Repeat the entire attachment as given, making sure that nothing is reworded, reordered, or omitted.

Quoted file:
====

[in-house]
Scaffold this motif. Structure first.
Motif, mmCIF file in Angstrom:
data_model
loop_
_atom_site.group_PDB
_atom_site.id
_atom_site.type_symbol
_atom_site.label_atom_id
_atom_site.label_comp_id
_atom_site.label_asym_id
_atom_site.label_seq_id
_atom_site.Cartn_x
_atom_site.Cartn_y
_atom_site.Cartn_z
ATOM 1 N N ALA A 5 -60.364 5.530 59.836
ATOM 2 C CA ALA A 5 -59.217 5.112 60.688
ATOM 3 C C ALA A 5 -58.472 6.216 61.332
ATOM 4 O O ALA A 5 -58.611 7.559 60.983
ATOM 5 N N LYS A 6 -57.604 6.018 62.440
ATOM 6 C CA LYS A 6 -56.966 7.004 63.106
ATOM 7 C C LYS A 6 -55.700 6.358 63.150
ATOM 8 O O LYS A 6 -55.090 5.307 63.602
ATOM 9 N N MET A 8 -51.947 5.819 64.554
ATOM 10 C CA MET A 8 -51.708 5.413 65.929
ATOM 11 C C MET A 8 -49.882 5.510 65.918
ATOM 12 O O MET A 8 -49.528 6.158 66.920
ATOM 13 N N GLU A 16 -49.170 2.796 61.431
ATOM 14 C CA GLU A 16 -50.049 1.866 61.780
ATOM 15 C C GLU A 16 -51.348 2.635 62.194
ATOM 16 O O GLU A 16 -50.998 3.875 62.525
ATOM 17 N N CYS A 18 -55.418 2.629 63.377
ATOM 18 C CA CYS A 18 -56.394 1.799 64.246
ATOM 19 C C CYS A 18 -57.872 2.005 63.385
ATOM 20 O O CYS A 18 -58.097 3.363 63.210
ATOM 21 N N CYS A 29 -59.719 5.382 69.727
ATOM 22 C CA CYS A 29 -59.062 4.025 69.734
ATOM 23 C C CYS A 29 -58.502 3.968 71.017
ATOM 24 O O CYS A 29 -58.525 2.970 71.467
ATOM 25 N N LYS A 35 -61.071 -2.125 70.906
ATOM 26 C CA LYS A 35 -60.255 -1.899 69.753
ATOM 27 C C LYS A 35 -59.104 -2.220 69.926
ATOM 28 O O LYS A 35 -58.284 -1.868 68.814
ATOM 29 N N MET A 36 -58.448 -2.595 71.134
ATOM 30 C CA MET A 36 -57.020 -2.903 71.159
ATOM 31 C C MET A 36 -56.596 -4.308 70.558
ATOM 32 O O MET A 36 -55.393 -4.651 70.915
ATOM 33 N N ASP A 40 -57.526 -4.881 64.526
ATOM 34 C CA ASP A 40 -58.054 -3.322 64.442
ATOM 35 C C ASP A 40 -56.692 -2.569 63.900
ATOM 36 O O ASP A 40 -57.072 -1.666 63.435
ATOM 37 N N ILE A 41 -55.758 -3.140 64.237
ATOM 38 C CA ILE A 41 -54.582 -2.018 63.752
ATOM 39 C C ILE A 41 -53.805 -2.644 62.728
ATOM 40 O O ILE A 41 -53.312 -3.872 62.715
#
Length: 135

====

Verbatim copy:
[in-house]
Scaffold this motif. Structure first.
Motif, mmCIF file in Angstrom:
data_model
loop_
_atom_site.group_PDB
_atom_site.id
_atom_site.type_symbol
_atom_site.label_atom_id
_atom_site.label_comp_id
_atom_site.label_asym_id
_atom_site.label_seq_id
_atom_site.Cartn_x
_atom_site.Cartn_y
_atom_site.Cartn_z
ATOM 1 N N ALA A 5 -60.364 5.530 59.836
ATOM 2 C CA ALA A 5 -59.217 5.112 60.688
ATOM 3 C C ALA A 5 -58.472 6.216 61.332
ATOM 4 O O ALA A 5 -58.611 7.559 60.983
ATOM 5 N N LYS A 6 -57.604 6.018 62.440
ATOM 6 C CA LYS A 6 -56.966 7.004 63.106
ATOM 7 C C LYS A 6 -55.700 6.358 63.150
ATOM 8 O O LYS A 6 -55.090 5.307 63.602
ATOM 9 N N MET A 8 -51.947 5.819 64.554
ATOM 10 C CA MET A 8 -51.708 5.413 65.929
ATOM 11 C C MET A 8 -49.882 5.510 65.918
ATOM 12 O O MET A 8 -49.528 6.158 66.920
ATOM 13 N N GLU A 16 -49.170 2.796 61.431
ATOM 14 C CA GLU A 16 -50.049 1.866 61.780
ATOM 15 C C GLU A 16 -51.348 2.635 62.194
ATOM 16 O O GLU A 16 -50.998 3.875 62.525
ATOM 17 N N CYS A 18 -55.418 2.629 63.377
ATOM 18 C CA CYS A 18 -56.394 1.799 64.246
ATOM 19 C C CYS A 18 -57.872 2.005 63.385
ATOM 20 O O CYS A 18 -58.097 3.363 63.210
ATOM 21 N N CYS A 29 -59.719 5.382 69.727
ATOM 22 C CA CYS A 29 -59.062 4.025 69.734
ATOM 23 C C CYS A 29 -58.502 3.968 71.017
ATOM 24 O O CYS A 29 -58.525 2.970 71.467
ATOM 25 N N LYS A 35 -61.071 -2.125 70.906
ATOM 26 C CA LYS A 35 -60.255 -1.899 69.753
ATOM 27 C C LYS A 35 -59.104 -2.220 69.926
ATOM 28 O O LYS A 35 -58.284 -1.868 68.814
ATOM 29 N N MET A 36 -58.448 -2.595 71.134
ATOM 30 C CA MET A 36 -57.020 -2.903 71.159
ATOM 31 C C MET A 36 -56.596 -4.308 70.558
ATOM 32 O O MET A 36 -55.393 -4.651 70.915
ATOM 33 N N ASP A 40 -57.526 -4.881 64.526
ATOM 34 C CA ASP A 40 -58.054 -3.322 64.442
ATOM 35 C C ASP A 40 -56.692 -2.569 63.900
ATOM 36 O O ASP A 40 -57.072 -1.666 63.435
ATOM 37 N N ILE A 41 -55.758 -3.140 64.237
ATOM 38 C CA ILE A 41 -54.582 -2.018 63.752
ATOM 39 C C ILE A 41 -53.805 -2.644 62.728
ATOM 40 O O ILE A 41 -53.312 -3.872 62.715
#
Length: 135